The Darjeeling Limited #WesAndersonBlogathon


The Darjeeling Limited, 2007, directed by Wes Anderson.

This is my entry in the Wes Anderson Blogathon, hosted by I hope you like it!

In 1968, four men in smart suits travelled to India in order to practise meditation. They were the Beatles. In 2007, three men in smart suits travelled to India in order to find themselves. They were the Whitman brothers, the central characters in Wes Anderson’s The Darjeeling Limited. Ok, I’m misleading you by mentioning the Beatles, but I’ll get to that in a bit. Francis Whitman (played expertly by Anderson regular Owen Wilson) invites his estranged brothers Peter (Adrien Brody) and Jack (Jason Schwartzman, also a co-writer for the film) on a trip to India, with the hidden intention of visiting their mother, who now lives a quiet, religious life in the mountains (played by another regular, Anjelica Huston). They travel through the country on the Darjeeling Limited train, a place where you are offered a ‘sweet lime’ when you board and chatty Germans occupy the dining car.

The Whitman brothers are forced together in their shared compartment, arguing over petty belongings and drowning their sorrows in their over counter medicines. Francis has the trip all planned out, with a strict itinerary created by his assistant Brendan (don’t mention Brendan’s baldness, he’s sensitive). But Francis soon discovers that spiritual activities and personal realisations can’t be timetabled alongside everyday events.  A visit to a temple is overshadowed by Francis’ need to buy a power adapter and their fear of pickpockets; while their attempt at a religious ceremony goes completely wrong. If anything, very little of Francis’ itinerary is completed. But the unplanned events are those that bring the Whitman brothers closer together: midnight realisations in the desert while listening to Clair de Lune, a failed rescue attempt and their mother’s quick escape all make for effective brotherly bonding.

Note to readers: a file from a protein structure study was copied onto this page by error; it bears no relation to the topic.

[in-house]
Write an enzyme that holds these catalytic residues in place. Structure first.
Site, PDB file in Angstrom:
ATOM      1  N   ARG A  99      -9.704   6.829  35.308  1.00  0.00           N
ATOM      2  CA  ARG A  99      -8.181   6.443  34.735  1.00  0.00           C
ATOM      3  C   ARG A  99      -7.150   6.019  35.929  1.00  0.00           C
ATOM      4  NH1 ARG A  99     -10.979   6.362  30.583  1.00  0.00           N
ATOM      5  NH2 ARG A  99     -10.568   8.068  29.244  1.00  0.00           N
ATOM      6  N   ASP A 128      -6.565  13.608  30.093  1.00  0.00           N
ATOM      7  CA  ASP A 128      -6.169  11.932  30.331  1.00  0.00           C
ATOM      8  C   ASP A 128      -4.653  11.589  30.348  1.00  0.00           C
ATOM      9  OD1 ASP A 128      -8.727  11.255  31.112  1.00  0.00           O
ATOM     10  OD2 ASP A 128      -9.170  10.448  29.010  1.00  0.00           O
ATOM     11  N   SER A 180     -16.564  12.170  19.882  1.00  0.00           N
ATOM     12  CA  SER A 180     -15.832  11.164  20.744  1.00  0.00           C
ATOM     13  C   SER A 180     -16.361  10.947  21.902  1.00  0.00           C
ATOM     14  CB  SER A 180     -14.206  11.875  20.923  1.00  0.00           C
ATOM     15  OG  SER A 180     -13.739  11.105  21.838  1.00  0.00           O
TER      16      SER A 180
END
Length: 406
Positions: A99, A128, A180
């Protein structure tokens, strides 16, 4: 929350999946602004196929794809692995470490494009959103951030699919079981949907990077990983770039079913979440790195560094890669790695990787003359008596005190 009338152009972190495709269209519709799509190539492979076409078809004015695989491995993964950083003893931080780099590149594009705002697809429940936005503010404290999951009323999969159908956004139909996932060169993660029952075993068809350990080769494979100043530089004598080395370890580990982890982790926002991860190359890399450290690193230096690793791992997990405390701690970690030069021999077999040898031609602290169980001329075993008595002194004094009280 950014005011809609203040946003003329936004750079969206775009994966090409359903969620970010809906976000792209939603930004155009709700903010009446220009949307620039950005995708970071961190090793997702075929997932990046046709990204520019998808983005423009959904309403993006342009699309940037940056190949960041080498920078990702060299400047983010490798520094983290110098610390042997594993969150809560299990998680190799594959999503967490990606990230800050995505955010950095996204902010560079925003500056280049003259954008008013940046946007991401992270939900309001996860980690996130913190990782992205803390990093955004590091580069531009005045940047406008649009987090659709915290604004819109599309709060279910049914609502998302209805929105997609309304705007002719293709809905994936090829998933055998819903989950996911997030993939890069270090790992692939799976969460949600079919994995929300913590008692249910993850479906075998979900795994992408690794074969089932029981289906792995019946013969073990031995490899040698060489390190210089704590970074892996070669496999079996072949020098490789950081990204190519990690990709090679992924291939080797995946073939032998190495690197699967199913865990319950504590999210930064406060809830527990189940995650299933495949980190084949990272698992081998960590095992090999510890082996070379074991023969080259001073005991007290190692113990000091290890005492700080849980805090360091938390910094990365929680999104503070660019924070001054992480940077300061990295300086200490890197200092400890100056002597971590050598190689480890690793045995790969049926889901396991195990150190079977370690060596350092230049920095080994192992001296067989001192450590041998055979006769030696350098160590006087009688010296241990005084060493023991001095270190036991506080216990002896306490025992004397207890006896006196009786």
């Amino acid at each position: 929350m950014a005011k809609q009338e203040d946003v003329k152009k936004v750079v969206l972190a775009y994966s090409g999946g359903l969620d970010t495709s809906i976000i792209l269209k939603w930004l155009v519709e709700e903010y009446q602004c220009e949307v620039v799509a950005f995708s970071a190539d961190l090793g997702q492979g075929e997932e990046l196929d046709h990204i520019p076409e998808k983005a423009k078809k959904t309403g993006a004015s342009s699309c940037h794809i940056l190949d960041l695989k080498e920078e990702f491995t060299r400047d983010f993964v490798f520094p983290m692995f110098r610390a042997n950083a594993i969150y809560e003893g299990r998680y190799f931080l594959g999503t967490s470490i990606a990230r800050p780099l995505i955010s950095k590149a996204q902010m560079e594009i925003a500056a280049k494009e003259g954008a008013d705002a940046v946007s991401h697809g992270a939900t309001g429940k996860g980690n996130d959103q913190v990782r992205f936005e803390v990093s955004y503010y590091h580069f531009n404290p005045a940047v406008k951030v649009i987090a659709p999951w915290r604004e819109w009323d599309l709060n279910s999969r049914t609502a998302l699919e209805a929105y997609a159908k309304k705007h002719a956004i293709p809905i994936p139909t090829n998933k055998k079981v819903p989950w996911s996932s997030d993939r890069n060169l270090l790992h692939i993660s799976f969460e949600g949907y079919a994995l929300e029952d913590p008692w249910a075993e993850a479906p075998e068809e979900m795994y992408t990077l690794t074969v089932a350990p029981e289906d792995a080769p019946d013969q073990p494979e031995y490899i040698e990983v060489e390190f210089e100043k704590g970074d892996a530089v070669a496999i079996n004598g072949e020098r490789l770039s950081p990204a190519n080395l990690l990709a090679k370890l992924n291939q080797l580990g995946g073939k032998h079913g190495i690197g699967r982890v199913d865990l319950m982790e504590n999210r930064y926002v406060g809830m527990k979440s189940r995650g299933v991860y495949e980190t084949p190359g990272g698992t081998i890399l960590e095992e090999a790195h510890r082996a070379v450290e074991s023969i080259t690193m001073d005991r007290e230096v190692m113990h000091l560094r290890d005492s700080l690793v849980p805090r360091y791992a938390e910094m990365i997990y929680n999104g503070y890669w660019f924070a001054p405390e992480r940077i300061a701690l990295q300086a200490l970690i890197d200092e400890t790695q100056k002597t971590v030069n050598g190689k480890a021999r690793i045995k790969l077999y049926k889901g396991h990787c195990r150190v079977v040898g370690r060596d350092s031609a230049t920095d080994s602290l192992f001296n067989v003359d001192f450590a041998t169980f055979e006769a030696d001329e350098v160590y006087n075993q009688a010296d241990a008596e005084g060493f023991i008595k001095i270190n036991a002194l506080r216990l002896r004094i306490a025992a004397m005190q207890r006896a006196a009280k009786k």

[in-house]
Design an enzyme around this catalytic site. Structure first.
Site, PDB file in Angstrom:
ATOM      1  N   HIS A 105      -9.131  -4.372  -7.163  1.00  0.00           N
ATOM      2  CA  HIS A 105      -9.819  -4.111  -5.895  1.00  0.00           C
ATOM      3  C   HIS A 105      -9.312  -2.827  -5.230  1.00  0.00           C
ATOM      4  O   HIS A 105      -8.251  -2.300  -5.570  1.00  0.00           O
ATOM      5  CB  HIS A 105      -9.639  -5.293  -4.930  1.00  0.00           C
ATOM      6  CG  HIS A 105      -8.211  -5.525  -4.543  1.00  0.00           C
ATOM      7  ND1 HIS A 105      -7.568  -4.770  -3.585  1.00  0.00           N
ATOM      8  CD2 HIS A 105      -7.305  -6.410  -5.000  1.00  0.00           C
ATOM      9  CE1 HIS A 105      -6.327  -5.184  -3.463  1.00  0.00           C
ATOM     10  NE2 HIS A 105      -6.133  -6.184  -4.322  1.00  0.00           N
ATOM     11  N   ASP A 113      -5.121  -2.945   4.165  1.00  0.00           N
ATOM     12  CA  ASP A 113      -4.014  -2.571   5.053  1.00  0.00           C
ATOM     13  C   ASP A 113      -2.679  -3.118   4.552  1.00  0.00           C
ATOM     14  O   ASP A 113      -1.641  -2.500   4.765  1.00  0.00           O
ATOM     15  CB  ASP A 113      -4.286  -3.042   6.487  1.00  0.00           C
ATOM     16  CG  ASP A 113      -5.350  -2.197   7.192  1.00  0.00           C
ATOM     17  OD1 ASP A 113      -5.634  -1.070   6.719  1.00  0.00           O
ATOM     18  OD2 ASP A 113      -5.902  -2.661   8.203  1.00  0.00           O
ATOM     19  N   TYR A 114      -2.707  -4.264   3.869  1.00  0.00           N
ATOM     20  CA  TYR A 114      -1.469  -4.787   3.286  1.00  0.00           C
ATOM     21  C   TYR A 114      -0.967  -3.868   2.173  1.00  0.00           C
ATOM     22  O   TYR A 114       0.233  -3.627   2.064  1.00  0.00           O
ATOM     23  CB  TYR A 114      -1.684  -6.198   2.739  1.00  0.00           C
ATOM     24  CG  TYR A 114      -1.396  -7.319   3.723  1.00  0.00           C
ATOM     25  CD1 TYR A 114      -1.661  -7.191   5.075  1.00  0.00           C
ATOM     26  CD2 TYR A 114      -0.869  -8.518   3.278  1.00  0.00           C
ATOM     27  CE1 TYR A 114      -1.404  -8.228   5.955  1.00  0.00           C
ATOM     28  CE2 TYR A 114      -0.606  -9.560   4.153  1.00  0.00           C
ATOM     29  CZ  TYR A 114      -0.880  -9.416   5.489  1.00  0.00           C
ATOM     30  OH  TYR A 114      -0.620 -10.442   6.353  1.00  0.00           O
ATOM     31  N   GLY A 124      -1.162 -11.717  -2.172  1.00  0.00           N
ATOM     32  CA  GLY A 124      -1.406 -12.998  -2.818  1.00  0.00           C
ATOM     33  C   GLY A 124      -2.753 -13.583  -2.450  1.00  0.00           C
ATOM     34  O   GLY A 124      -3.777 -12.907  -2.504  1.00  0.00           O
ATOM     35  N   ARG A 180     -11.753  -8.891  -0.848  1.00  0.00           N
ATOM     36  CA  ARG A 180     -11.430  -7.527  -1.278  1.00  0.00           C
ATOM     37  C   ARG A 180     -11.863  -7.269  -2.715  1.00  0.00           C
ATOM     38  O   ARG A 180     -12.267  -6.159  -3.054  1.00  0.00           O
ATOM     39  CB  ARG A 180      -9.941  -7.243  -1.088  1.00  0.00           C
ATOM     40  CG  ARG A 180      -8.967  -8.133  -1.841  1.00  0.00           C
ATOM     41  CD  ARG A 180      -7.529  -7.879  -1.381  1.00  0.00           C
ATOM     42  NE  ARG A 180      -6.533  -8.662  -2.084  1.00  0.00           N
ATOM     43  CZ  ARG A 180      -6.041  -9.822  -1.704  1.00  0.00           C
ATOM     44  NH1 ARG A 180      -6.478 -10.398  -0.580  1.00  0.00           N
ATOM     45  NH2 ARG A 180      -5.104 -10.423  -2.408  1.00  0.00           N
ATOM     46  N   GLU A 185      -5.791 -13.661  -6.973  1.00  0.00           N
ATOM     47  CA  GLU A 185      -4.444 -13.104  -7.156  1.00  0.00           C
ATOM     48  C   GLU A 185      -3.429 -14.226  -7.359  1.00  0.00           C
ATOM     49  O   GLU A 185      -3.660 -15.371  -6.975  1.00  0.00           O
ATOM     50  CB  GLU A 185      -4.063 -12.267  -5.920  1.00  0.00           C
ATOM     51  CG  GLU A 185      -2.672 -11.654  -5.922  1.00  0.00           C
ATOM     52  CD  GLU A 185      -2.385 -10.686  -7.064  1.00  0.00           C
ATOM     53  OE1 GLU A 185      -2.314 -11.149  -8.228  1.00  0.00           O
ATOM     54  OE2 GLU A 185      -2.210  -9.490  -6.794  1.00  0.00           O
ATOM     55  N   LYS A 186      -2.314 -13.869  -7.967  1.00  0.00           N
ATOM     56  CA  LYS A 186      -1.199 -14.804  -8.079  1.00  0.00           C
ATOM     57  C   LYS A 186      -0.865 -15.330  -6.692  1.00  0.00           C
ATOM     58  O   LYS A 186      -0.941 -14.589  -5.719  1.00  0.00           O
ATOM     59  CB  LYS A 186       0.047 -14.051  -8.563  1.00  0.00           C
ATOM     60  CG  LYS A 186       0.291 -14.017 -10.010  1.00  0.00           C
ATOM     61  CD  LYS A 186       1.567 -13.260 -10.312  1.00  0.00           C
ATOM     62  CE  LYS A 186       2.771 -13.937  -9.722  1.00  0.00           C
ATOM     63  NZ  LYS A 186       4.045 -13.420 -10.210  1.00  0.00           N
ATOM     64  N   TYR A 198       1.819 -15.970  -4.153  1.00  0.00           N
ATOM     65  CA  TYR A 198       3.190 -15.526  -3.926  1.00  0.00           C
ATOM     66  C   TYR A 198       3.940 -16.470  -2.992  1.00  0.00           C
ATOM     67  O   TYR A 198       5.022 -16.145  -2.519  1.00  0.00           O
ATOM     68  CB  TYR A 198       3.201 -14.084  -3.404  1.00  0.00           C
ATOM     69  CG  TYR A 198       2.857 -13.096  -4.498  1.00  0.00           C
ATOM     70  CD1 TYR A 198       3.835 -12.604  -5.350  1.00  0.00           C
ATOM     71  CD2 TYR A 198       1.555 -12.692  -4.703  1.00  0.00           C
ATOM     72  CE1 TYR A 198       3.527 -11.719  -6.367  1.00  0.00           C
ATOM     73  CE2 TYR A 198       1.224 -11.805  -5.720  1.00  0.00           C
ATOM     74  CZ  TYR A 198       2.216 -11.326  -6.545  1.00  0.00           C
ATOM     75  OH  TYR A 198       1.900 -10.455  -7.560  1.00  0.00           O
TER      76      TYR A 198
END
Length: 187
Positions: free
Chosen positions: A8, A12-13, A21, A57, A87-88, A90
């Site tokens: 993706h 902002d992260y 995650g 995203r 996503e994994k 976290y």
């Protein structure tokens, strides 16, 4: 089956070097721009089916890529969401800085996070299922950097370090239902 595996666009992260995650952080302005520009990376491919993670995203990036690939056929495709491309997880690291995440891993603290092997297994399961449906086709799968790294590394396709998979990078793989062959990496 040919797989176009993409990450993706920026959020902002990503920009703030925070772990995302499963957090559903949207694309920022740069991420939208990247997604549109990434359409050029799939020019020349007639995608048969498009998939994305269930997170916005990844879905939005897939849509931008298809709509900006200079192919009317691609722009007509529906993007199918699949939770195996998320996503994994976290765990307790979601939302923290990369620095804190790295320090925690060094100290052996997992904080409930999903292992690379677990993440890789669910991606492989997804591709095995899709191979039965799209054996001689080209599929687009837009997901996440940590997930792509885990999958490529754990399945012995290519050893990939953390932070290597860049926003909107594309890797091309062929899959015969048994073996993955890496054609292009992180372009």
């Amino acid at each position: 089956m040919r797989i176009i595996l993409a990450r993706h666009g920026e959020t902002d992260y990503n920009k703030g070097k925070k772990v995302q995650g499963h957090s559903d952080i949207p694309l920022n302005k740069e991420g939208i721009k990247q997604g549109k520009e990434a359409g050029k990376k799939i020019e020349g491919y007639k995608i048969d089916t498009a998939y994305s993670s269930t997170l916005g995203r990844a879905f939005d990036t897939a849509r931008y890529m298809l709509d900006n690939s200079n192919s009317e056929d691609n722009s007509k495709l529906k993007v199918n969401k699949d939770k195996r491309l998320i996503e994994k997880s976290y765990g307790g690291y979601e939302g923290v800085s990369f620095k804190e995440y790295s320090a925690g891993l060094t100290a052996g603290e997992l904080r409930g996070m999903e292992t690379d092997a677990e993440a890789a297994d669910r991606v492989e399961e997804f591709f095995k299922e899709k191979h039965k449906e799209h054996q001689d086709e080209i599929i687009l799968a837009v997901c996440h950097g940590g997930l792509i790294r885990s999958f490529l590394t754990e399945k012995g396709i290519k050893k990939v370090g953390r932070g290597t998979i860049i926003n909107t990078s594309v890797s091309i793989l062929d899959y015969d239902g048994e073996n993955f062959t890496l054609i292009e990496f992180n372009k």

So why are the Beatles relevant? Well they aren’t directly in the film, they’re not referenced nor are they in the soundtrack; but I can’t help but associate them with the Darjeeling Limited. The Beatles are a symbol of Western pop culture, particularly in relation to the 60s, and throughout the film there is this contrast between Indian and Western culture. The soundtrack has an intriguing mix of the Kinks, the Rolling Stones and more traditional Indian music; some songs are played by Jack on his iPod Classic (if you watch Anderson’s accompanying short, Hotel Chevalier, you’ll soon figure out his favourite). Even Brendan’s modern laptop clashes with colourful interior of the train. But for me, the Whitman brothers themselves resemble the Beatles, or how I imagine they were in India; pursuing spiritual discovery but not quite letting go of everything that they are familiar with.

The Whitman brothers’ journey isn’t easy, but in true Wes Anderson style it is a visual delight. Welcome to the Darjeeling Limited: sit back, sip a sweet lime and enjoy the ride.

All photos, except the blogathon banner:

Darjeeling Limited 7


  1. I never really considered the Beatles connection before, but there is a bit of George Harrison in Jason Schwartzman’s look, isn’t there? This wasn’t my favorite Anderson, but the irony is that I LOVE Hotel Chevalier – it’s probably my second favorite thing he did after Rushmore. I think it’s the last time I felt his dialogue actually had emotion behind it rather than just being dry, deadpan, Anderson-esque exchanges (“I promise I will never be your friend” would never make it into one of his films now).

    Liked by 1 person

    1. Yeah the Beatles came to my mind instantly when I watched it! I wasn’t too keen on Hotel Chevalier, I think because I’d seen the main film a few times before watching it, so I was a bit disappointed, but I still like it for the Anderson style!


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